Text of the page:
9 April 2020 | General Interest

GOOD  FRIDAY   YEAR A      (VIRTUAL)   HOMILY                 2020


Jn 18.1-19.42     Is 52.13-52   Heb 4.14-5.9

And now we gather again in faith as we commemorate the dark day of so called “Good Friday”, perhaps better expressed in Italian as “il Venerdi Santo” or French as “Vendredi Saint” (Holy Friday), and did you know it’s not even a national public holiday in Italy?! Perhaps ‘Good’ in English because it is not the end of the story of Jesus, but the beginning of the next chapter for us as believers. Once again we celebrate the tragedy and the triumph of the Jesus story and his ongoing presence with us, in this strange time for our whole global village, into which he came and immersed himself in the fullness of human life.

Here we have high drama, in the culmination of John’s account of the Passion, following Jesus’ long farewell discourse, following his washing of the feet at the Last Supper.  Human folly and frailty is highlighted all the way, from the betrayal of Judas to the denial of Peter and the injustice of the whole kangaroo court, set up by the religious and political leaders of the day, in order to eliminate Jesus from the scene, once and for all.

At a time of uncertainty and relative quiet, we come to reflect on the Christian mystery, as we hear the words of John’s Gospel, prefigured by the prophet Isaiah’s account of the Suffering Servant, imaging the destiny of Jesus, as he comes to the end of his earthly life, confronted by injustice and the lies of those who rejected his message of love, peace, compassion, forgiveness and reconciliation.  Yet he stands firmly in control, confronted by both religious and political authorities, purporting to stand for God on one hand, and Caesar on the other.

A friend of mine commented perceptively that she believes Pontius Pilate gets far too much profile for the nasty character he seems to have been, as he gets a mention every time we say the Creed!  Here in John’s Gospel, he is at the centre of the drama, confronted by Jesus, who ironically remains in control of the dialogue and is the man of truth, as Pilate asks the critical question “What is truth?”  He well appreciates there is no ‘fake truth’ with Jesus, but rather the plain objective truth of his utter integrity, goodness and message. Pilate turns out to be a bit of a wimp, really, somewhat amusingly running to and fro,  between the parties plotting and planning to eliminate Jesus from their scene.  He even seeks a compromise in offering the release of Jesus, but the crowds resist, preferring Barabbas.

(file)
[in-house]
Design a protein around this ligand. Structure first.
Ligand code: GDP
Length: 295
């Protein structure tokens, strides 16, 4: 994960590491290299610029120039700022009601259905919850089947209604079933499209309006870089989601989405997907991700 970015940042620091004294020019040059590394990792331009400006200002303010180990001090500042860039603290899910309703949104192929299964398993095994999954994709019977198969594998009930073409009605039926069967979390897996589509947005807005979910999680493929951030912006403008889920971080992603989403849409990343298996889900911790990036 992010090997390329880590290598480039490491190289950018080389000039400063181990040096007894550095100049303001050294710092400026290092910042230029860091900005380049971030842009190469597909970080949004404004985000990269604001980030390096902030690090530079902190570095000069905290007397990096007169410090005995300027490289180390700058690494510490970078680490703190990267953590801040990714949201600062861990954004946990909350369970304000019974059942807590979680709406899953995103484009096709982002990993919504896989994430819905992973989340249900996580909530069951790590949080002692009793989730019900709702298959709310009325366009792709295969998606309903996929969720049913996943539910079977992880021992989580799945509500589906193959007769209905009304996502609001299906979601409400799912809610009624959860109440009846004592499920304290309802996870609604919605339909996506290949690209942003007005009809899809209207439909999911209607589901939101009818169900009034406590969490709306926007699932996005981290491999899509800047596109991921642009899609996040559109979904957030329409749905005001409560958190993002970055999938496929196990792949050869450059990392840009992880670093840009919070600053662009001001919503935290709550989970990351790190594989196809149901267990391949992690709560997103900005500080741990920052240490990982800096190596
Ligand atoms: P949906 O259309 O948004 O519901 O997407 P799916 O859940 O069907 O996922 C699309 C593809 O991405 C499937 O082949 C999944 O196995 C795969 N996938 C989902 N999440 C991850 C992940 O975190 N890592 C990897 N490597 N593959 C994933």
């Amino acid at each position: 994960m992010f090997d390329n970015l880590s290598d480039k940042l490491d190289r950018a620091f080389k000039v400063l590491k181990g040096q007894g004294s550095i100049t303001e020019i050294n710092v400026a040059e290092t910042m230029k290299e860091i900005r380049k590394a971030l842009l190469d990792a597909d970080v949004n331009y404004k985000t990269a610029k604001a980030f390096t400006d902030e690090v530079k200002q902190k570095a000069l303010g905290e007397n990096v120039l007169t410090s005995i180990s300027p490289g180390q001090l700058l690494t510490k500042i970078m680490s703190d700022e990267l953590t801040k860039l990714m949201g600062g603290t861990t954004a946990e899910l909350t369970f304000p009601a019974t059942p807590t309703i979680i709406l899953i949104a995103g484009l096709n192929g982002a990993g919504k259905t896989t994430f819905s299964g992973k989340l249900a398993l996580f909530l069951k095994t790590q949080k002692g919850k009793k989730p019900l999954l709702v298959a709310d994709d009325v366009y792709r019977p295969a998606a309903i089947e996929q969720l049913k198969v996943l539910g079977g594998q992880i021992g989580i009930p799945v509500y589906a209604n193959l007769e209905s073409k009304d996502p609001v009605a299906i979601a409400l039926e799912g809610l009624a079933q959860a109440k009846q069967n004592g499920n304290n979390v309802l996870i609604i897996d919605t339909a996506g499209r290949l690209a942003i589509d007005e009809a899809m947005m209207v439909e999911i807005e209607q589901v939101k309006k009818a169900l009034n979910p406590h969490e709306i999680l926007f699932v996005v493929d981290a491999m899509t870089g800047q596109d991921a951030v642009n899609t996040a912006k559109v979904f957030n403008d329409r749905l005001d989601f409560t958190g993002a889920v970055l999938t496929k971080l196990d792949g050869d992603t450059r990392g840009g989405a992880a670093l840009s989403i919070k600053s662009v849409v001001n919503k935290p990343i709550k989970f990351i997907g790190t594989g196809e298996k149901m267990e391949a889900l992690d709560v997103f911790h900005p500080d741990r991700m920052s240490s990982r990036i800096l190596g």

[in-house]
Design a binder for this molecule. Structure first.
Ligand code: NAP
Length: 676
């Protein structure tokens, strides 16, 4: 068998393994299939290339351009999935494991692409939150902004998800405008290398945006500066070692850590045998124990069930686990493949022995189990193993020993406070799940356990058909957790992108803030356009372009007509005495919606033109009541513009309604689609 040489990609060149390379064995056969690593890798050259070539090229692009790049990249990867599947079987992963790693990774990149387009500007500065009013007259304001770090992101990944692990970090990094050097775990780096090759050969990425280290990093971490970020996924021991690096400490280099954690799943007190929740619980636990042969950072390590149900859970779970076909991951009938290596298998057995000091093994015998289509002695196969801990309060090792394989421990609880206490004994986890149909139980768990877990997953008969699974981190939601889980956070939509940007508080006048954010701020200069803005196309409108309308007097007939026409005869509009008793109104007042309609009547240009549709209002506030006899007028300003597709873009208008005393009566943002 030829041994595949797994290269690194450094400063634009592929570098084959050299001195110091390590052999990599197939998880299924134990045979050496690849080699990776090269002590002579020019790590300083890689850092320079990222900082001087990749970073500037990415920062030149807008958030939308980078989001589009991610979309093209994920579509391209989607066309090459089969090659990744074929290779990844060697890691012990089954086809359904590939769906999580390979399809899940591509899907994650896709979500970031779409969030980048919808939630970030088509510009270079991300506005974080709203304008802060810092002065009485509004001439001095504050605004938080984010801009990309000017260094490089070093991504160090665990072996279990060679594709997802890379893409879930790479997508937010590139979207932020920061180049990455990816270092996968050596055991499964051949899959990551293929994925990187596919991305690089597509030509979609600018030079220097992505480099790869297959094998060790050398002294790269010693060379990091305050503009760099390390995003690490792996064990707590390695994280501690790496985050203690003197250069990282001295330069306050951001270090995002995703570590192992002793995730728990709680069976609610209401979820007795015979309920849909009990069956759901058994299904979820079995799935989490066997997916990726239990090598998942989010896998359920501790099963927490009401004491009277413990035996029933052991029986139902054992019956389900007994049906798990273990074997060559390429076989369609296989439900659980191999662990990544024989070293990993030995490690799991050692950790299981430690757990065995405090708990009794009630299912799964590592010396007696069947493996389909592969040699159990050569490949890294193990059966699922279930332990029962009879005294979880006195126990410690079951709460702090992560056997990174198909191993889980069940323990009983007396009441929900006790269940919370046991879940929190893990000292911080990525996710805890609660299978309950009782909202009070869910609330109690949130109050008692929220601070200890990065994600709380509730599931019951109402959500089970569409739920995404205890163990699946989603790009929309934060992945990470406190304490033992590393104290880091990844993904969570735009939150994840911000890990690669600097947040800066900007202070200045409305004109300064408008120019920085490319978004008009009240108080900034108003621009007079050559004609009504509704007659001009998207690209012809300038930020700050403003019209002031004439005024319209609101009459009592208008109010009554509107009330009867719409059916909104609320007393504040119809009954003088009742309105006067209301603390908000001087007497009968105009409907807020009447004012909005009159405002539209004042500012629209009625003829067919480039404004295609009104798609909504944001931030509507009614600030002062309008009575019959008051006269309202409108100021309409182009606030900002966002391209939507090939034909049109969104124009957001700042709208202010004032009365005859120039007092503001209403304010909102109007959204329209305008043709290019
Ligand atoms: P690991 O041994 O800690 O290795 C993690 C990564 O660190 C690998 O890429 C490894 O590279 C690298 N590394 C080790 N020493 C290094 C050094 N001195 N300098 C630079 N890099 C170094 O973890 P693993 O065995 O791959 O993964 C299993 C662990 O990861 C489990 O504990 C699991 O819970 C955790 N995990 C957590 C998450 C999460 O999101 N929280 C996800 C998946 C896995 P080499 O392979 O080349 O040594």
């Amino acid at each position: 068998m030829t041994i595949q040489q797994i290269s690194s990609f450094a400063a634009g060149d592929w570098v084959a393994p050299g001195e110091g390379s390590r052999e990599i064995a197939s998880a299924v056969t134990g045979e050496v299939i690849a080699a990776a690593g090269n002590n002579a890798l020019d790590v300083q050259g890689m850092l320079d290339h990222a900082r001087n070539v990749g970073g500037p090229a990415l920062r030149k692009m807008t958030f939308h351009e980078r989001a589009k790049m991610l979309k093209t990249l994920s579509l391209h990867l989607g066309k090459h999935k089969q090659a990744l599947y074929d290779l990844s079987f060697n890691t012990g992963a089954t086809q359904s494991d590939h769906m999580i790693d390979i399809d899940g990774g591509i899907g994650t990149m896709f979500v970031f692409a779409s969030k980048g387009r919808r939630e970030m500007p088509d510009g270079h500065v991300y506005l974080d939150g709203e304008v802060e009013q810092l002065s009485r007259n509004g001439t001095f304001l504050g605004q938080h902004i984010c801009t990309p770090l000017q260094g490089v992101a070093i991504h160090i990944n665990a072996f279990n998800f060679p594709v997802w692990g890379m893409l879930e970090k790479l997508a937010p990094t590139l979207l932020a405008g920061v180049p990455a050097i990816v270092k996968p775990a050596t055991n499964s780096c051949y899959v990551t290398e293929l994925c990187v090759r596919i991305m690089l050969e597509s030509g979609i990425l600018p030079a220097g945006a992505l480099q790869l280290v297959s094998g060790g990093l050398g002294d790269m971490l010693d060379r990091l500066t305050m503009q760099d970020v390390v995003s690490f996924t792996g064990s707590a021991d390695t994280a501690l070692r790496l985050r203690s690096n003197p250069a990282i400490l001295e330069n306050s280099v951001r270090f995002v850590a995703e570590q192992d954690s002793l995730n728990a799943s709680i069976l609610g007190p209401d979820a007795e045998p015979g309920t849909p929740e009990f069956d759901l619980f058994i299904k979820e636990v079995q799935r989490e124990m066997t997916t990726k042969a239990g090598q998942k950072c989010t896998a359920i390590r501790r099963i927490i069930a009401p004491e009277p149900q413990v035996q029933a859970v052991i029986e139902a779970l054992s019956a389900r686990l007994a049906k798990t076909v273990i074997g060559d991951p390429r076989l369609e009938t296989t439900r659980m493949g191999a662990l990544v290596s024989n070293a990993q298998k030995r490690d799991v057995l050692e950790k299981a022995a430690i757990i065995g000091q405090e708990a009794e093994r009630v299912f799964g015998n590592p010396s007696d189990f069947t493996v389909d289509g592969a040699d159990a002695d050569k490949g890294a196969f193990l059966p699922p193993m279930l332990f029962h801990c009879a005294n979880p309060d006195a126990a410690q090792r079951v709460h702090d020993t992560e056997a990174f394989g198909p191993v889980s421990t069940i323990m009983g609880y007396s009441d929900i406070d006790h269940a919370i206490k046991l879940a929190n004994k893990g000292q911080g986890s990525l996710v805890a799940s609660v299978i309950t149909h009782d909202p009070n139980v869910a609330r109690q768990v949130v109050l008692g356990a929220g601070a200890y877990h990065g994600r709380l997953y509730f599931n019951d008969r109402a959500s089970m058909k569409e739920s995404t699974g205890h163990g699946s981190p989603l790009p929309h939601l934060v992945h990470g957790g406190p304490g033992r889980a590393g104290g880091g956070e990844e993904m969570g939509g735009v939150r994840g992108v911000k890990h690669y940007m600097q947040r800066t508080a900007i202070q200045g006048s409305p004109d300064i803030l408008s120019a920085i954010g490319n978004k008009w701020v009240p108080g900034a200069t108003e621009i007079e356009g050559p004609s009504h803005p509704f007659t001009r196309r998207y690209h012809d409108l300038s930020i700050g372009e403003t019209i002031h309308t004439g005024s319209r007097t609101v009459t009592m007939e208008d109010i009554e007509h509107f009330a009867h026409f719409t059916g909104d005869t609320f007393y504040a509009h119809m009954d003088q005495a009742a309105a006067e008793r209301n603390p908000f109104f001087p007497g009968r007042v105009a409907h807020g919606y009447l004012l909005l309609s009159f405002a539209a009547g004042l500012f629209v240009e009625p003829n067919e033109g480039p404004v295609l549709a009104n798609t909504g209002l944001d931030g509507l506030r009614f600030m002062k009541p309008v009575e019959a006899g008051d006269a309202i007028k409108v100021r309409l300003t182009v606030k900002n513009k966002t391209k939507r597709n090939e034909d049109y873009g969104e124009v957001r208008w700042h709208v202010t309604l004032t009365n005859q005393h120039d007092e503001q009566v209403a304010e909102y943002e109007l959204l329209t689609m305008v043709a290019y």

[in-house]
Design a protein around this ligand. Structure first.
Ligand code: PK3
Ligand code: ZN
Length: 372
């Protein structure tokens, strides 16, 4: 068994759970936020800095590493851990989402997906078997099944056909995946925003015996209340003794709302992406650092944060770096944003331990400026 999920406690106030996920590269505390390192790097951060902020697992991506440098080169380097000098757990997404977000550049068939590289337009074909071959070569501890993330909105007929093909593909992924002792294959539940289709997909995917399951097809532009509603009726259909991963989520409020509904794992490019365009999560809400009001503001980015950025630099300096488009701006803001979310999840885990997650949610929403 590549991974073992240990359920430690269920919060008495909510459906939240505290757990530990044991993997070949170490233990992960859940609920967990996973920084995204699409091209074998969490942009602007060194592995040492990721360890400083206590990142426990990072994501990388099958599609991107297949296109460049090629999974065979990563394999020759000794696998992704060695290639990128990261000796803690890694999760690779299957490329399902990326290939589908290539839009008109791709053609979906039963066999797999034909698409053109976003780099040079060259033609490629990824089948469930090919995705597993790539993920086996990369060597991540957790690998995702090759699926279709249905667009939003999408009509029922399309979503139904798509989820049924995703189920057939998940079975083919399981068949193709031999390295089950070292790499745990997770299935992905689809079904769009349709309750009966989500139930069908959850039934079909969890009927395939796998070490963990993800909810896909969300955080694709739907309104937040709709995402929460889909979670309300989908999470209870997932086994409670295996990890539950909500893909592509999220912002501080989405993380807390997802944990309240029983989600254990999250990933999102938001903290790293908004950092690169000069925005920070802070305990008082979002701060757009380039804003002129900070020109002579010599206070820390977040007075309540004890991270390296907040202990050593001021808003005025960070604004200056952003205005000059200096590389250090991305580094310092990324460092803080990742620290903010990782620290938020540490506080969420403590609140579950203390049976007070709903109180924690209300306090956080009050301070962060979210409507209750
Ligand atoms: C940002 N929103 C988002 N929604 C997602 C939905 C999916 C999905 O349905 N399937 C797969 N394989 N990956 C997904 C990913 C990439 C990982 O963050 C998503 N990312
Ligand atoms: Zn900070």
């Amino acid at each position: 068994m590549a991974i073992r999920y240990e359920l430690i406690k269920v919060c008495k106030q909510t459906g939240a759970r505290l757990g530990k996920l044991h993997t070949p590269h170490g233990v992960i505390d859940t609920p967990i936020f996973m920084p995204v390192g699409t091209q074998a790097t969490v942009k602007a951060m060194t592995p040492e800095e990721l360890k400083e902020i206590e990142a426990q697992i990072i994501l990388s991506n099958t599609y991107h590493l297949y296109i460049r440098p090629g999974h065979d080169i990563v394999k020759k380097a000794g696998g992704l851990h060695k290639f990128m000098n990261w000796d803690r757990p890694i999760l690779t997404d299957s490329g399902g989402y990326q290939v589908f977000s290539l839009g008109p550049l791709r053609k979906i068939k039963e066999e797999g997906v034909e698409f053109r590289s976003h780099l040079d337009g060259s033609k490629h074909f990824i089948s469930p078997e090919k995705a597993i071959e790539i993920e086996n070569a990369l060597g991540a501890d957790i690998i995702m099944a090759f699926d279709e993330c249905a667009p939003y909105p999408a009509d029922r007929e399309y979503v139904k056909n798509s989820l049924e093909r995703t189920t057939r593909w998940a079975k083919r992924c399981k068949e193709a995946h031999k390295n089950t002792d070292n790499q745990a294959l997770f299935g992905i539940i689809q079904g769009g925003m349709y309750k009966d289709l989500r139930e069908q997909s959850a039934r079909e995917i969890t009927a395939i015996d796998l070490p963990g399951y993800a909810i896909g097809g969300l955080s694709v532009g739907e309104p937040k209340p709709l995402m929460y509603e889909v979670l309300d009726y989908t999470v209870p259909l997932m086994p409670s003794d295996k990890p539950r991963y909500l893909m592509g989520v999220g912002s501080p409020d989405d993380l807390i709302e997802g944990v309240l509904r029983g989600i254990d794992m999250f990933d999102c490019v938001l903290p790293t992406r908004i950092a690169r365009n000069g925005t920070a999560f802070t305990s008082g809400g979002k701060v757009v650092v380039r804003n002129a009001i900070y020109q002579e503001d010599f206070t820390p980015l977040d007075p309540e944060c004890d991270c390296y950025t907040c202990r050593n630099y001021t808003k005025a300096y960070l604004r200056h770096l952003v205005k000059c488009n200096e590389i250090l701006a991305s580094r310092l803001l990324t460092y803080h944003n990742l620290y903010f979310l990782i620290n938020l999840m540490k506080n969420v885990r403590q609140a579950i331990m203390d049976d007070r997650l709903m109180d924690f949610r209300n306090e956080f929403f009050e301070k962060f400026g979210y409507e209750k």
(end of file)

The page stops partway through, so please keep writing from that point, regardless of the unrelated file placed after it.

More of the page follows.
Again, the dangers of blowing in the wind, allied with bloodlust of a worked up crowd, are seen here, as a reminder to us all, not to  be swayed by the spin or the propaganda, but facing up to the real truth and acting accordingly.  But here, in the end, it’s the crowd, stirred up and swayed by the religious leaders, who call for crucifixion.  It mightn’t have been Pilate’s preference, but he too, is swayed by and scared of the irrational crowd.

His mission complete, Jesus willingly gives his life, not so much to save us from our sins, as we are still sinning in a sinful world, 2,000+ years on, as to show us the way to face our crosses as true disciples of service and love, but not as Christian masochists, but rather as people of hope,  as the crosses of life are real and painful, as we carry ours and help others carry theirs.

For John, this is a dramatic move towards the conclusion, which we await, as Jesus dies and is buried.  The good and brave guys are there, in Joseph of Arimathea, who provides the tomb, and Nicodemus, who has been a searcher for faith, coming from darkness into the light, as the apostles disappear in fear, perhaps, apart from John, at the foot of the cross, with the ever faithful women, Jesus’ mother and the other two Marys. And so Jesus draws us to himself as he is lifted up, according to his promise.  This is not the end, a failure and tragedy in human terms, but the path to hope and new life in glory has been foretold, as we await Easter, in anticipation, despite our  own natural anxiety at the present uncertain time of the Coronavirus pandemic.


john hannon                                                                       10th  April  2020


To read more of John's homilies click here